This period of relative calm is used by the strings, who intone a brief lament, but the forceful motive breaks this up. The opening bass line returns; however the feeling this time is threatening and oppressive rather than just gloomy. The remainder of this wave is dominated by a high woodwind motive F-Ab-G-(Fb) (leaps of a minor third and major seventh, and drop of an augmented ninth), which according to the notes of the Okko Kamu LP, is like a “bird of prey.” A storm builds around this (listen to the horns and violins!), with the opening bass line returning again, with greater assertion. The storm reaches a frenzy, subsides, and the “bird of prey” is still there.

A repeated rhythm played by timpani, percussion, and horns leads into a somewhat queasy passage for low brass. The music quickly builds up intensity, leading to four blows from low brass and percussion. Accompanied (or should I say assaulted) by staggered, screaming violins, the violas desperately try to be heard. The violins give way to percussion, who then attack the violas and try to silence them (I'll keep my mouth shut and not say a viola joke here).

Skittering ponticello strings and quietly marching percussion lead the next phase. Triplet runs from upper woodwinds take us to restatements of the forceful gesture, subsequently appearing in a variation. Fragments from the opening section are heard, followed by a truly devilish motive, A-E-Db-Bb, played by xylophone and flutter-tongue piccolo. This motive is repeated as the orchestra rumbles threateningly below. The full orchestra soon takes over, building up to another climax, but rather than leading to a passage of relative calm, the conflict continues…

While being continually harassed by fluttering piccolo, xylophone and violins, like hailstones to the face, low brass and bass drum dish out dull blows of pain. The tam-tam and tenor drum only adds injury to injury. The dull blows of pain become sharp, with the addition of trumpets and choked suspended cymbal crashes. An insistent march rhythm in the percussion leads us away temporarily, but as the music calms down somewhat, the percussion remain present. The music builds up yet again, this time to storm of even more terrifying density (listen to those horns! again!). 

The music calms back down briefly, to a low C. We get only the shortest of breathers as the next wave starts brewing: busy counterpoint of an endless stream of triplets starts in the cellos and bassoons. Other instruments join in, and the triplets take over larger portions of the orchestra. The forest continues to thicken, but stops abruptly, leaving a snare drum roll, upper woodwinds and tremolo violins. The bass instruments enter in forcefully and the opening motive of the symphony proper screams to be heard. This gesture is repeated, and only the high woodwinds and tremolo violins are left.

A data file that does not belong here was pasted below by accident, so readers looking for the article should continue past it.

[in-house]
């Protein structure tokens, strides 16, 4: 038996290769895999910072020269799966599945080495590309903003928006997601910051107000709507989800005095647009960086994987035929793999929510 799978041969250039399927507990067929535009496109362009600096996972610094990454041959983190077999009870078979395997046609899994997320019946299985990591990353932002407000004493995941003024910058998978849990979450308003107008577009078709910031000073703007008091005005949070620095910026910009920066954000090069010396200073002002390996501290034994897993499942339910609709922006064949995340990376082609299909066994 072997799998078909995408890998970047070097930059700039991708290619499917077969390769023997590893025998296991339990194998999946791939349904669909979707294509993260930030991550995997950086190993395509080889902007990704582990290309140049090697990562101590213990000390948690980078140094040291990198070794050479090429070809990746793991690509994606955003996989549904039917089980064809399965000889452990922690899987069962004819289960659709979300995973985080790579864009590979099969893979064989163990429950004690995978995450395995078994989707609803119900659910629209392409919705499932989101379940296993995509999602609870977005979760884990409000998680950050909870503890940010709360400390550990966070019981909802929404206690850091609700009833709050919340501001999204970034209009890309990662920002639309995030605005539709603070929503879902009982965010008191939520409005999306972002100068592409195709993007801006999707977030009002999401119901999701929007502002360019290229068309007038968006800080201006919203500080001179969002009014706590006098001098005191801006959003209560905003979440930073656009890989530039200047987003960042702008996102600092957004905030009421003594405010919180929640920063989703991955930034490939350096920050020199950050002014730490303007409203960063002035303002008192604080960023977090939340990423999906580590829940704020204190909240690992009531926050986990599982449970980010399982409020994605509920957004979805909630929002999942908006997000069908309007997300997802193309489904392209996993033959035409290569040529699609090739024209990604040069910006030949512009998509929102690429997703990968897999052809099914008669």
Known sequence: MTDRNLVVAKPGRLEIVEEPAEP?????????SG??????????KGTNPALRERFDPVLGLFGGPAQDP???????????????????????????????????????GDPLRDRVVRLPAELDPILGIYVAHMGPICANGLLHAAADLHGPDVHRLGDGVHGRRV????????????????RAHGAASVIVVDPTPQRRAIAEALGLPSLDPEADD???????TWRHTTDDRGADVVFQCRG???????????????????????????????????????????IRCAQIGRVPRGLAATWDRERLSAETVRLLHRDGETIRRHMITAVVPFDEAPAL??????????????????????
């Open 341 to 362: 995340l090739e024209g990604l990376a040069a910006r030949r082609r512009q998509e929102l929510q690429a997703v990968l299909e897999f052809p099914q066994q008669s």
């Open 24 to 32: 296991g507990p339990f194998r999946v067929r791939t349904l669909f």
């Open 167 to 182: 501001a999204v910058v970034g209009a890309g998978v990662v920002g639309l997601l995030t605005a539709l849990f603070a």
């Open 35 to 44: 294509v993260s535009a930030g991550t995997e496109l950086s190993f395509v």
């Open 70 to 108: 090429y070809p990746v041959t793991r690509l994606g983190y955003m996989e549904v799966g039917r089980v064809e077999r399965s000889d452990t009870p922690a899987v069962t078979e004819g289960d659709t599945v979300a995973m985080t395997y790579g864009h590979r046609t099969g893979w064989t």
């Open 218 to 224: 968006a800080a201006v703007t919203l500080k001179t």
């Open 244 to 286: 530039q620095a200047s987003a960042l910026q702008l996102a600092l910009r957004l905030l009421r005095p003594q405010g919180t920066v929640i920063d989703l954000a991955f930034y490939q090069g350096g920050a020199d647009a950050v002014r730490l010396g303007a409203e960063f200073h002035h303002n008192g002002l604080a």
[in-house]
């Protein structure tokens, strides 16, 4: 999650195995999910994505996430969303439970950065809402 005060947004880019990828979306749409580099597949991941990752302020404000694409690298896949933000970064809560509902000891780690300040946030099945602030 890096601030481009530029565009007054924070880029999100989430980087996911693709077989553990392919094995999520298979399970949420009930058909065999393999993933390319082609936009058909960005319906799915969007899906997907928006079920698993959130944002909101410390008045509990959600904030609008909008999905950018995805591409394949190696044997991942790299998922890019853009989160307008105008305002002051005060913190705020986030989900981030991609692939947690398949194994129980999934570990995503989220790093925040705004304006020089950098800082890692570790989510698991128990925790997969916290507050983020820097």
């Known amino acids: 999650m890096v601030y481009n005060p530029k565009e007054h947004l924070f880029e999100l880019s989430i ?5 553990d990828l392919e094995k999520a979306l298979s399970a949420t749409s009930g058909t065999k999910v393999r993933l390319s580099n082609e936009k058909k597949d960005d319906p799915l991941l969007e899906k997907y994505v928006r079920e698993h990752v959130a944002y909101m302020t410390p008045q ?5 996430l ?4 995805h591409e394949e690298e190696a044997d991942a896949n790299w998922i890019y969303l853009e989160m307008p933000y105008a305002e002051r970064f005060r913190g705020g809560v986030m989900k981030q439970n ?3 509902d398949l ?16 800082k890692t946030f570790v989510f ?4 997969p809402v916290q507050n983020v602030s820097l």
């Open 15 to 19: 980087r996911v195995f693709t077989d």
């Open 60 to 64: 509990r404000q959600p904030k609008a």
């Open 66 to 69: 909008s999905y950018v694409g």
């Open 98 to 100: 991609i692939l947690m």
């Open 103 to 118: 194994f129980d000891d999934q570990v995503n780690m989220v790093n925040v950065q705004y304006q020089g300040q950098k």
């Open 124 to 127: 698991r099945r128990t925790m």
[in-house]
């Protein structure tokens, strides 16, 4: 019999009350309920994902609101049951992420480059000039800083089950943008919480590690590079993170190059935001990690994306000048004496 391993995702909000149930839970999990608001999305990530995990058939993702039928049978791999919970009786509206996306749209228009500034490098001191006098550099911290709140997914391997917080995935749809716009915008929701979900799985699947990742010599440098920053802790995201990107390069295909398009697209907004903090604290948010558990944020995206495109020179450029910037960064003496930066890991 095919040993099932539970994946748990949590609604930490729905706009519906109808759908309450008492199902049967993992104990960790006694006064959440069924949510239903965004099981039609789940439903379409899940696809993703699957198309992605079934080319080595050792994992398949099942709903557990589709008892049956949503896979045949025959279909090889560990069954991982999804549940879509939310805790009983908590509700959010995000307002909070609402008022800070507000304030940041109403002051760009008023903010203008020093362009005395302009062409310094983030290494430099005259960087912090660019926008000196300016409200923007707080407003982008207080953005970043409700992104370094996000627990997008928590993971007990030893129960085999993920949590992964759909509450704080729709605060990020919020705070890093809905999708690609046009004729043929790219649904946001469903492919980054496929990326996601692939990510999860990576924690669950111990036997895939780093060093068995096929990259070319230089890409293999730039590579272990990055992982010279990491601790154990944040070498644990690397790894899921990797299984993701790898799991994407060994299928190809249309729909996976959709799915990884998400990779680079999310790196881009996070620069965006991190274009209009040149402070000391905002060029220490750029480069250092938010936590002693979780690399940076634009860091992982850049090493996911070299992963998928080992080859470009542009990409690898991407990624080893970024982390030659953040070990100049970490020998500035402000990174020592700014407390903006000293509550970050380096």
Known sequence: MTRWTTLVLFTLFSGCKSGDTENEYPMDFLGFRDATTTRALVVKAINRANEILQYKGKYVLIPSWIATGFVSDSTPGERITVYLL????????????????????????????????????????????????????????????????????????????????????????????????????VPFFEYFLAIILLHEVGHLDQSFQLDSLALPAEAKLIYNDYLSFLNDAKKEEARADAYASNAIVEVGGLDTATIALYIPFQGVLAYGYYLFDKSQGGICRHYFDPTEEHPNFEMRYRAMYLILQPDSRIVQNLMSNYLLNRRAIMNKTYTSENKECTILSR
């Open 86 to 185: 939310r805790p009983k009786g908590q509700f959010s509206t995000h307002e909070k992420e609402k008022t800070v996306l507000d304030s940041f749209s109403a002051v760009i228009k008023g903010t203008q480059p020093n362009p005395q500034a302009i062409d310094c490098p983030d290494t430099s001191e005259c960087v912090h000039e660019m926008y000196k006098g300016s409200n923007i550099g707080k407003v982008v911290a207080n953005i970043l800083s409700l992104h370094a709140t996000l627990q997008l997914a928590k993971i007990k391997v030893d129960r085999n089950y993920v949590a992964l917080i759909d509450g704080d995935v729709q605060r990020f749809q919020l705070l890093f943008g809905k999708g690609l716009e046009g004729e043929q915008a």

Here it seems like Pettersson is setting us up for a climax of even greater cataclysmic proportions. However, a mighty c minor chorale comes in, led by the brass, with screaming, sighing commentary from violins and piccolo. The music has entered a new direction. The chorale fades away, and the music seems to enter an area of peace and calm. In C major, over a gently rocking bass line, the violas try lo lead us. Icy commentary from ponticello strings push the music in F major, for another futile attempt. This is also thwarted by ponticello strings, as the music moves mournfully to Bb minor. The entrance of the horns (a repeated note motive accompanied by a falling whole then half step) announces the resumption of the battle.

Repeated F naturals from the timpani and viola push the music back into conflict. The upper strings and woodwinds become increasingly agitated, the percussion whip up another storm, and when this wave passes by the repeated note/falling step motive is annunciated forcefully by the horns, which pass it on to the trumpets. Repeated F naturals from the timpani and violas try to reestablish themselves, but are of course met by resistance (like a broken record—listen to that chromatic upward lick from the horns!). The music dies down, and the repeated F naturals are still there. Low strings and woodwinds come in on a Bb minor chord, hinting at the Bb minor tonality which will dominate the rest of the work.

From this area of calm the music tries to swell up again, but falls away. Each attempt becomes increasingly stronger, like an impending attack of pain. After the assault has passed, screaming, stratospherically high violins intone the repeated note/falling step motive, in a desperate plea for the pain to stop. Excerpts from the introduction return, with commentary from solo violins. The violins then begin to sing a long melody, briefly accompanied by a jagged march. Strings only soon take over, in a beautiful chorale that begins longingly and mournfully, but quickly becoming impassioned. The jagged march returns, shatteringly so. The violins scream desperately as the music begins to calm down, setting up, finally, the entrance of the song.

Following a protracted IV and V, the music finally arrives at Bb minor. The very important F natural in the first half of the work has served as a dominant for this moment. The cellos and English horn intone the song, spaciously and unhurriedly, over a vast horizon of grief and loss. Gentle but insistent accompaniment is provided by percussion, in particular the tenor drum. After a brief transitional passage, featuring solo flute and oboe, the violins take up the song. A solo trumpet sings a countermelody, woodwinds provide a quiet commentary, and the timpani joins the percussion, softly pounding out repeated F naturals. The song reaches two climaxes, although the intensity of these moments is nothing compared to climaxes in the first half.